Last week, the SEC fined Morgan Stanley $1 million for two data security failures resulting in the exposure of personal information of 730,000 of its customers. Andrew Ceresney, the director of enforcement at the SEC stated, “Given the dangers and impact of cyberbreaches, data security is a critically important aspect of investor protection…we expect SEC registrants of all sizes to have policies and procedures that are reasonably designed to protect customer information.” But this wasn’t your typical data breach situation, and it is an important lesson for companies.

That data “breach” occurred when a former employee downloaded customer records, which were then hacked and posted on-line. That former employee has been suspended by the SEC, but it was the fine of Morgan Stanley that is the real story because this wasn’t a breach of the company’s defenses.

The SEC’s fine was based on two control failures.

First, the SEC asserted that Morgan Stanley failed to monitor its employees from accessing the records of customers where they were not authorized to do so. While there were some controls in place to prevent such actions in its internal data portals, a glitch permitted Morgan Stanley employees to access all customer records through a certain type of report.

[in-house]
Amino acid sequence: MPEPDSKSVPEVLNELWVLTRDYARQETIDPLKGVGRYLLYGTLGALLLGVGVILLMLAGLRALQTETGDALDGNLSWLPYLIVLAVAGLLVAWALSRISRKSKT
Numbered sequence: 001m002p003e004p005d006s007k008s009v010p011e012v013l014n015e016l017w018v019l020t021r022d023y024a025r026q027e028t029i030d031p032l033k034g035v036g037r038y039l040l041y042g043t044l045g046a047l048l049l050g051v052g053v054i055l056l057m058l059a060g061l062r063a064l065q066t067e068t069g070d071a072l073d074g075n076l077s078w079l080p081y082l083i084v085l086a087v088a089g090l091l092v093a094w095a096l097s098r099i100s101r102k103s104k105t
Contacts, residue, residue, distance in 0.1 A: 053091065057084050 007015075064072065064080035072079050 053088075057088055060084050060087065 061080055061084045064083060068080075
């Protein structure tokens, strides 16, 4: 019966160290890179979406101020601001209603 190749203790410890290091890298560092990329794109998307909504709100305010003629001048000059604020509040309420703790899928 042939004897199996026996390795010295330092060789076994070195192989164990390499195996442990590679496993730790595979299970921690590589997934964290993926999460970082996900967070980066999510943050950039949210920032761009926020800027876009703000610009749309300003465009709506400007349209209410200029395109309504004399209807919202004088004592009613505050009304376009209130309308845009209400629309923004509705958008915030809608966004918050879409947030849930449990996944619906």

Second, while the company had a control in place to prevent the use of thumb drives to download customer records, there was no corresponding control for uploading records on-line. Combined, those holes allowed one employee to access customer records and upload them to the internet.

This is an important lesson for companies because unlike most breaches we hear about in the news, this was not a hack of the company itself. Morgan Stanley is being fined for its employee’s bad acts.  Would the SEC fine Morgan Stanley if one of its employees printed customer records and then left them in a briefcase on a subway train? Perhaps.

The takeaway for companies is that they may be liable for cyber theft even where its own external defenses are in good shape and have not been breached. Time to brush up the internal policies and protocols.